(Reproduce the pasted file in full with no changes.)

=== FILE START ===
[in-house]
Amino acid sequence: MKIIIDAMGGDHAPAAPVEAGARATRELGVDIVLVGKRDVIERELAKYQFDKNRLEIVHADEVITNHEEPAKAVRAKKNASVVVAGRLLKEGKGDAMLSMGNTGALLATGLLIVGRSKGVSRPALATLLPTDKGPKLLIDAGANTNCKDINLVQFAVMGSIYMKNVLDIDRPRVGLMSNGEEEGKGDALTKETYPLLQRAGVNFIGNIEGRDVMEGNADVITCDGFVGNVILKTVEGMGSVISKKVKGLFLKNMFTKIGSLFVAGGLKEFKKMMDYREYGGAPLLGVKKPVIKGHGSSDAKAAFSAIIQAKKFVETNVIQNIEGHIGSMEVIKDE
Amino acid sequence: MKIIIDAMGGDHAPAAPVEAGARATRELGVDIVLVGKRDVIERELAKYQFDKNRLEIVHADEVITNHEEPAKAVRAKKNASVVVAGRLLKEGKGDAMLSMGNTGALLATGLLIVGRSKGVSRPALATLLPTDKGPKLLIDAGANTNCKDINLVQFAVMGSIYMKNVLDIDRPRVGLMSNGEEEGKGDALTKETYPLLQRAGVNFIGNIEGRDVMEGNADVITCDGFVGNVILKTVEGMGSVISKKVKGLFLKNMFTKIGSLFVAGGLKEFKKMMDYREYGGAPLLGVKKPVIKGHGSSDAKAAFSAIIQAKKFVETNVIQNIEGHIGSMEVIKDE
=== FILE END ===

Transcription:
[in-house]
Amino acid sequence: MKIIIDAMGGDHAPAAPVEAGARATRELGVDIVLVGKRDVIERELAKYQFDKNRLEIVHADEVITNHEEPAKAVRAKKNASVVVAGRLLKEGKGDAMLSMGNTGALLATGLLIVGRSKGVSRPALATLLPTDKGPKLLIDAGANTNCKDINLVQFAVMGSIYMKNVLDIDRPRVGLMSNGEEEGKGDALTKETYPLLQRAGVNFIGNIEGRDVMEGNADVITCDGFVGNVILKTVEGMGSVISKKVKGLFLKNMFTKIGSLFVAGGLKEFKKMMDYREYGGAPLLGVKKPVIKGHGSSDAKAAFSAIIQAKKFVETNVIQNIEGHIGSMEVIKDE
Amino acid sequence: MKIIIDAMGGDHAPAAPVEAGARATRELGVDIVLVGKRDVIERELAKYQFDKNRLEIVHADEVITNHEEPAKAVRAKKNASVVVAGRLLKEGKGDAMLSMGNTGALLATGLLIVGRSKGVSRPALATLLPTDKGPKLLIDAGANTNCKDINLVQFAVMGSIYMKNVLDIDRPRVGLMSNGEEEGKGDALTKETYPLLQRAGVNFIGNIEGRDVMEGNADVITCDGFVGNVILKTVEGMGSVISKKVKGLFLKNMFTKIGSLFVAGGLKEFKKMMDYREYGGAPLLGVKKPVIKGHGSSDAKAAFSAIIQAKKFVETNVIQNIEGHIGSMEVIKDE